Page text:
She also likes the president for his views on Israel.
“I am always watching Israel,” Ziegler said. “God says he will bless you if you bless Israel, and the president supports Israel. I trust God most, but I also trust Trump.”
On Friday, Tucson Mayor Regina Romero sent Trump a letter asking him to abide by the city’s Covid-19 reduction measures, including a mask mandate in outdoor places where social distancing isn’t possible. Tucsonans have made a lot of sacrifices to keep virus numbers low here, the mayor said.
“It would be deeply unfortunate if one gathering jeopardized all of the progress we have made thus far,” she wrote.
Romero reminded the president that his campaign still owes the city $80,000 for security at a 2016 rally. This time around the expected bill will be $50,000, she said.
“Since this is a campaign event, we respectfully request that you reimburse the city and its taxpayers for these expenses,” she wrote.
Jim Beard is an HVAC technician in Tucson who saw the president speak Monday.
Beard thinks the president’s penchant for loosening the government’s grip on businesses is a plus. He called the Environmental Protection Agency, in which Trump’s administration has rolled back dozens of regulations, “necessary as hell,” but is in favor of sensible regulation.
Beard cited California’s state government, which recently mandated that all new cars sold there be electric by 2035.
“They have a power shortage as it is,” he said. “How are they going to power all those cars?”
Trump is behind Biden in most Arizona polls, but no Democratic presidential candidate has won Arizona since Bill Clinton in 1996.
A poll of 1,600 voters over 50 published Monday by AARP, Benenson Strategy Group, GS Strategy Group, and OH Predictive Insights shows that Arizona’s age 50 and older voters trust Biden more than the president.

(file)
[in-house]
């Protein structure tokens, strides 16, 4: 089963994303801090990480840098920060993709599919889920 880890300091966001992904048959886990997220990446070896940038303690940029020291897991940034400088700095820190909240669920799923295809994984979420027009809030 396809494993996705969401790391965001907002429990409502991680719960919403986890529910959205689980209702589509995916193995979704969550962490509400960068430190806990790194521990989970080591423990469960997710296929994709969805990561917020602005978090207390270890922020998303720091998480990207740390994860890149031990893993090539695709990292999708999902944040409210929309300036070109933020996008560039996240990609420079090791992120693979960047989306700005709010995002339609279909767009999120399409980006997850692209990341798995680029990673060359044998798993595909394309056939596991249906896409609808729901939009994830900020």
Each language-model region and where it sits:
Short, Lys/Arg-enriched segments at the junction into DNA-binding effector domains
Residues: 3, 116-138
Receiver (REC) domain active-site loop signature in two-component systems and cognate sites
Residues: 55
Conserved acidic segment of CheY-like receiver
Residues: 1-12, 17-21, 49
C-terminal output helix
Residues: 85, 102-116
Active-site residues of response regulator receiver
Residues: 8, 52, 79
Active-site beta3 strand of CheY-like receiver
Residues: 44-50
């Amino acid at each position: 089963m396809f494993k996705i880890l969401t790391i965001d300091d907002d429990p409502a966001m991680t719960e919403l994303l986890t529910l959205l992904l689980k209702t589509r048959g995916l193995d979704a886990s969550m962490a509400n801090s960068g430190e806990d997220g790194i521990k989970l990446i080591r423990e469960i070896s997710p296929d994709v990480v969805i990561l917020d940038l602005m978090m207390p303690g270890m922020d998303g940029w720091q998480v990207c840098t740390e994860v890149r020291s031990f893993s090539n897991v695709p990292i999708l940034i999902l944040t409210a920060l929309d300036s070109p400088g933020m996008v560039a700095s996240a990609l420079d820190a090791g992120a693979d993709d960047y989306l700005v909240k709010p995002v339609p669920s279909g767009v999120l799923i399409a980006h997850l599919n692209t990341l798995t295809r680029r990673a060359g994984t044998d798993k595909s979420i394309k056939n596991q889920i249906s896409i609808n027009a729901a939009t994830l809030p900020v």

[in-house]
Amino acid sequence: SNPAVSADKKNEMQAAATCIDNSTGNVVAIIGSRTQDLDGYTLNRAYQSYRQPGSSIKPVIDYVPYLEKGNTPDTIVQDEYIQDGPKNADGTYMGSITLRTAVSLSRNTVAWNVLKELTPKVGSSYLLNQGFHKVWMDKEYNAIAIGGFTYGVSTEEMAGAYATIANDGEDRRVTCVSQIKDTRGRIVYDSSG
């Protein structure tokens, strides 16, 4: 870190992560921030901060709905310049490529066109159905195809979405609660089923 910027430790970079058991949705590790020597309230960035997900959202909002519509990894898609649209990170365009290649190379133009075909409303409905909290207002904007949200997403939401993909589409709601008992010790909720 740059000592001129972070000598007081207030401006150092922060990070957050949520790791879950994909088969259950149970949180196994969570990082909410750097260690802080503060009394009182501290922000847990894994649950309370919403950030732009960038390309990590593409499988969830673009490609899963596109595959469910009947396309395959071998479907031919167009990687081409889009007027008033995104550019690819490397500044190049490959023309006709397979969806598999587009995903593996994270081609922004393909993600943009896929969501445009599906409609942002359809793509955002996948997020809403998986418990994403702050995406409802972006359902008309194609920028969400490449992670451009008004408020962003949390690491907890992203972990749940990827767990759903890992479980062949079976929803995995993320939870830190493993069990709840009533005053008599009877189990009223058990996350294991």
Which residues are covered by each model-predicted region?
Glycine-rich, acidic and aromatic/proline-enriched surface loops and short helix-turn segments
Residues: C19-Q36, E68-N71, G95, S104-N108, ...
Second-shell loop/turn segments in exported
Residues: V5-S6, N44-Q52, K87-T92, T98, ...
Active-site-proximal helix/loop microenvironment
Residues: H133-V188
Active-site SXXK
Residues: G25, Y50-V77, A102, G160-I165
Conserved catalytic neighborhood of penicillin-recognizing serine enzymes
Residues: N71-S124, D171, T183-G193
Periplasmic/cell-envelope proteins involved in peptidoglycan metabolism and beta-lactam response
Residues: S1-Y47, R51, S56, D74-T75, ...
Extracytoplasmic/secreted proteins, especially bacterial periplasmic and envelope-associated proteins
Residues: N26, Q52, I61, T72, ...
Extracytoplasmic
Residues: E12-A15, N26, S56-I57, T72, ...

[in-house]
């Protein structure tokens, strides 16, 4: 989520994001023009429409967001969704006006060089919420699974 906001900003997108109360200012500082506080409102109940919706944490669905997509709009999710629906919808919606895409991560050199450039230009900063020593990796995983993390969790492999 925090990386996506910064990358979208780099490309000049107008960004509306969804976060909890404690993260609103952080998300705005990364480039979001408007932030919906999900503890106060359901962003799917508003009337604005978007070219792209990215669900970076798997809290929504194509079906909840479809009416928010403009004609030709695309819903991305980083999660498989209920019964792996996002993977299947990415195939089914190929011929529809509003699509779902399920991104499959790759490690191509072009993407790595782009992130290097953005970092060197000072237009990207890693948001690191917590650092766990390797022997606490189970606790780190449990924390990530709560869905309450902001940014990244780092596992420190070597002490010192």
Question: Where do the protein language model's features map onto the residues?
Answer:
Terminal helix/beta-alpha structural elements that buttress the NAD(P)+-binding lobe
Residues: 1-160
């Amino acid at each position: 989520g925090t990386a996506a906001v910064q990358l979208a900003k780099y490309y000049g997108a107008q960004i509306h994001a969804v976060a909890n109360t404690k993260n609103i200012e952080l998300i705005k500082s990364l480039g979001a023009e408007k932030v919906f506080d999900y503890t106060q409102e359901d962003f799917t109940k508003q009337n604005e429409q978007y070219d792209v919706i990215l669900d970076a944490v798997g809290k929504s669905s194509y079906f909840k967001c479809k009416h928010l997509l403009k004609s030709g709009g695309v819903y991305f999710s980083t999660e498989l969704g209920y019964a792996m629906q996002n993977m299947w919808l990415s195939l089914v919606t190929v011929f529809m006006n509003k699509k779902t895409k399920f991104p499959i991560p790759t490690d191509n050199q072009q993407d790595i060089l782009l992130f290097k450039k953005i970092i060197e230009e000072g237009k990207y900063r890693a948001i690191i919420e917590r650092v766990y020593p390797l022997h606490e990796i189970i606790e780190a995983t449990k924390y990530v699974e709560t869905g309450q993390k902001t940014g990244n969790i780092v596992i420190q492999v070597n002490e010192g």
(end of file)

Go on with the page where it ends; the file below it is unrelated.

Those likely voters think the former Delaware senator is more likely to strengthen Social Security and protect Medicare (49% for Biden, 44% for Trump), look out for the middle and lower classes (49% to 46%), heal racial division (48% to 34%), protect the elderly from Covid-19 (48% to 42%), work with both major political parties (41% to 32%), and make health care more affordable (46% to 41%).
Only on rebuilding the economy did more voters trust Trump than Biden (52% to 43%), the poll showed.
Among Republicans, 85% support Trump’s Covid-19 management, while just 8% of Democrats did. Eighty-three percent of Democrats are worried about getting Covid-19, but just 31% are, the poll showed.
Overall, Biden has the support of 49% of the state’s age 50 and older voters, while 47% percent back the president — well within the poll’s 2.9% margin of error.
Trump-backer Nancy Manning, 55, thinks that despite Biden leading Trump in all recent polls of Arizona voters, the president will win.
“I think there are a lot of people who are Republican who don’t want to say they’re Republican. They don’t want to get their cars trashed, get stickers put on their cars,” she said.
“You have to be careful what you say in Tucson.”